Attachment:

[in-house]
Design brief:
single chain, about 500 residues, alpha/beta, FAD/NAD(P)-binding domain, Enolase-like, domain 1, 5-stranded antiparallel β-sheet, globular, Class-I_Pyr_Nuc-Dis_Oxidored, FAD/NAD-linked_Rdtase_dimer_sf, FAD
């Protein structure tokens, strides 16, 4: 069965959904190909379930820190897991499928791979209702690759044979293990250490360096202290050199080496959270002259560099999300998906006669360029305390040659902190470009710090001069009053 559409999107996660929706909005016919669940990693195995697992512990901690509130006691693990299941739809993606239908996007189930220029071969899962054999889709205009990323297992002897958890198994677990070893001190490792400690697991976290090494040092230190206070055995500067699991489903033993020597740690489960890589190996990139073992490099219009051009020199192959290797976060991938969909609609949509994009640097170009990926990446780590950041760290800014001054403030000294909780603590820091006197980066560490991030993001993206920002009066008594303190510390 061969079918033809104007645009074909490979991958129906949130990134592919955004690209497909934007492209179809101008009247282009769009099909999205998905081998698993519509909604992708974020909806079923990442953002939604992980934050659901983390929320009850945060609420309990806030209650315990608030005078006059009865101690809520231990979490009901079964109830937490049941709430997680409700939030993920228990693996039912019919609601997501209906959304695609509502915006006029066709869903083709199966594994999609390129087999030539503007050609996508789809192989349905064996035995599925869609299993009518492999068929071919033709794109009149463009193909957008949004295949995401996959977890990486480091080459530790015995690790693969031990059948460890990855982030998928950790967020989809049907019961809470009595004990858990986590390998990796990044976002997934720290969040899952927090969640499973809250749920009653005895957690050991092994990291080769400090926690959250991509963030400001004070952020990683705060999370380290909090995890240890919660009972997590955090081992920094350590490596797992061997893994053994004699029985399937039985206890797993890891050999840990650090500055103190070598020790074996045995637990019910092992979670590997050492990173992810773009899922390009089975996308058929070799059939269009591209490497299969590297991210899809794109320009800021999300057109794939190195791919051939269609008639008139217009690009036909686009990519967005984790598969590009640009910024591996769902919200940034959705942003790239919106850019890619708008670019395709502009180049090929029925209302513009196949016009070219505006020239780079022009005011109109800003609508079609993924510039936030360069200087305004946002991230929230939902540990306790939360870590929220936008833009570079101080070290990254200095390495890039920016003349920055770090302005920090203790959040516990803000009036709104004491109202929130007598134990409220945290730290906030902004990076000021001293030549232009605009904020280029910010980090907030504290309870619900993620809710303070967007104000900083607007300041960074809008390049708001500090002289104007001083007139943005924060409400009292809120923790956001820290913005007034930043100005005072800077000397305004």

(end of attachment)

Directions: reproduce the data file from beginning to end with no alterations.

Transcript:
[in-house]
Design brief:
single chain, about 500 residues, alpha/beta, FAD/NAD(P)-binding domain, Enolase-like, domain 1, 5-stranded antiparallel β-sheet, globular, Class-I_Pyr_Nuc-Dis_Oxidored, FAD/NAD-linked_Rdtase_dimer_sf, FAD
């Protein structure tokens, strides 16, 4: 069965959904190909379930820190897991499928791979209702690759044979293990250490360096202290050199080496959270002259560099999300998906006669360029305390040659902190470009710090001069009053 559409999107996660929706909005016919669940990693195995697992512990901690509130006691693990299941739809993606239908996007189930220029071969899962054999889709205009990323297992002897958890198994677990070893001190490792400690697991976290090494040092230190206070055995500067699991489903033993020597740690489960890589190996990139073992490099219009051009020199192959290797976060991938969909609609949509994009640097170009990926990446780590950041760290800014001054403030000294909780603590820091006197980066560490991030993001993206920002009066008594303190510390 061969079918033809104007645009074909490979991958129906949130990134592919955004690209497909934007492209179809101008009247282009769009099909999205998905081998698993519509909604992708974020909806079923990442953002939604992980934050659901983390929320009850945060609420309990806030209650315990608030005078006059009865101690809520231990979490009901079964109830937490049941709430997680409700939030993920228990693996039912019919609601997501209906959304695609509502915006006029066709869903083709199966594994999609390129087999030539503007050609996508789809192989349905064996035995599925869609299993009518492999068929071919033709794109009149463009193909957008949004295949995401996959977890990486480091080459530790015995690790693969031990059948460890990855982030998928950790967020989809049907019961809470009595004990858990986590390998990796990044976002997934720290969040899952927090969640499973809250749920009653005895957690050991092994990291080769400090926690959250991509963030400001004070952020990683705060999370380290909090995890240890919660009972997590955090081992920094350590490596797992061997893994053994004699029985399937039985206890797993890891050999840990650090500055103190070598020790074996045995637990019910092992979670590997050492990173992810773009899922390009089975996308058929070799059939269009591209490497299969590297991210899809794109320009800021999300057109794939190195791919051939269609008639008139217009690009036909686009990519967005984790598969590009640009910024591996769902919200940034959705942003790239919106850019890619708008670019395709502009180049090929029925209302513009196949016009070219505006020239780079022009005011109109800003609508079609993924510039936030360069200087305004946002991230929230939902540990306790939360870590929220936008833009570079101080070290990254200095390495890039920016003349920055770090302005920090203790959040516990803000009036709104004491109202929130007598134990409220945290730290906030902004990076000021001293030549232009605009904020280029910010980090907030504290309870619900993620809710303070967007104000900083607007300041960074809008390049708001500090002289104007001083007139943005924060409400009292809120923790956001820290913005007034930043100005005072800077000397305004």